With three sizes and shapes to choose from, you’ll be able to find the right one to fit any type of car or SUV, with room to spare. And the tool-free design makes it quick to install, so you have more time to enjoy yourself.
Cargo Box Material
The best cargo roof box won’t fall apart, even under the strain of heavy cargo and strong winds.
The RocketBox Pro meets these standards, thanks to the recycled ABS plastic that makes up the body. This plastic has a matte-black finish for a stylish look that draws the eye, even without the shine.
The aerodynamic design reduces wind noise, so you won’t have to scream at your friends in order to carry on a simple conversation inside the car. The cargo box also has a flat bottom, making it much more versatile for fitting various crossbar sizes.
If you have to struggle when mounting your cargo box, you won’t use it more than once and will regret spending money on even the cheapest model. Yakima has taken this into account, giving you a tool-free mounting system that uses knobs on the inside and clamps on the outside to secure the box to the rack.
And when you need to remove it, it is just as easy to do in only a few minutes. Then you can store it safely until your next group adventure.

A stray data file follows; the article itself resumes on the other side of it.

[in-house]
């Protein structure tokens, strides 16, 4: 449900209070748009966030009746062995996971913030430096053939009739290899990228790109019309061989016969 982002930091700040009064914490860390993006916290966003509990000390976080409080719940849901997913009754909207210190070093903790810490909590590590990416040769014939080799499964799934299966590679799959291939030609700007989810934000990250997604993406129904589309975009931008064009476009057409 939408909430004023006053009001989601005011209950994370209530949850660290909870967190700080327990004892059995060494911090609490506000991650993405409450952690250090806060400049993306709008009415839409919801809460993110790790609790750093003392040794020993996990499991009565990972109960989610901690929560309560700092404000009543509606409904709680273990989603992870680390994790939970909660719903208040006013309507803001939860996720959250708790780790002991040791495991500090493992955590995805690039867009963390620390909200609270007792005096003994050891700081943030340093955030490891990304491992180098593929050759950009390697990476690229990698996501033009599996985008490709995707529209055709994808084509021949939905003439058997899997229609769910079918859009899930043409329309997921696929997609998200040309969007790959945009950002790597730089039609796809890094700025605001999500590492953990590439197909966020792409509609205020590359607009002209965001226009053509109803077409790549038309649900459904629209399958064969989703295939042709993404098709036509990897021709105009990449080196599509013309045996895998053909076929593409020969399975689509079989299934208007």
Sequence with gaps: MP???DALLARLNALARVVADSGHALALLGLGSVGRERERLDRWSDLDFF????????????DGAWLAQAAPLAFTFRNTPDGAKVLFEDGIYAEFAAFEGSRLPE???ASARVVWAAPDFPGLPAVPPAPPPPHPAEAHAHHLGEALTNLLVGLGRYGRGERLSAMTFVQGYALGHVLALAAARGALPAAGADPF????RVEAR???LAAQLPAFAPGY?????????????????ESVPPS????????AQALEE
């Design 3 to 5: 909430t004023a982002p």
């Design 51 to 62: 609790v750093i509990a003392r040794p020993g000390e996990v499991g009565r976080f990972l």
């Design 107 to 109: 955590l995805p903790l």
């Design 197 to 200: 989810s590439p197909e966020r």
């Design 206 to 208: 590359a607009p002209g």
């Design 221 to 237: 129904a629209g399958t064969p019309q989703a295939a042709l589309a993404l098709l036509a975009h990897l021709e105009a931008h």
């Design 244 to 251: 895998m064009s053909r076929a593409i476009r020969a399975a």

Like many aerodynamic cargo box models, this one has a dual-sided opening. This gives you easy access to the cargo stored inside your roof box, regardless of which side of the car you’re standing on. And the push-button opening is close to the bottom of the cargo box, so you don’t have to strain to reach it from the ground.
There are also levered arms located at the front and back of the cargo box’s interior. This makes it easy to lift the lid, plus holds it up while you’re packing it up or rummaging around for a needed item or bag.
Security & Other Features
Besides the push button opener, there is a keyhole, which allows you to lock the box and protect your gear from potential thieves.
This feature is extra cool because it uses an SKS, or Same Key System, which allows you to use just one key for all your Yakima products. Fewer keys to carry, fewer keys to lose.
These cargo boxes are all compatible with Yakima Wispbar racks and most factory racks, as well as round and square bars.
All three models also leave extra room behind the box, so you can open your hatch without slamming it into the bottom of the cargo box. This means less damage on both and less frustration for you.
There are three sizes of RocketBox Pro cargo boxes, and which to pick depends on the size of your vehicle and what type of cargo you’re carrying.
The RocketBox Pro 11 is quite long and skinny, perfect for skis and snowboards up to 210 cm in length. This size has a capacity of 11 cubic feet, making it the best size for only 1 or 2 people’s gear.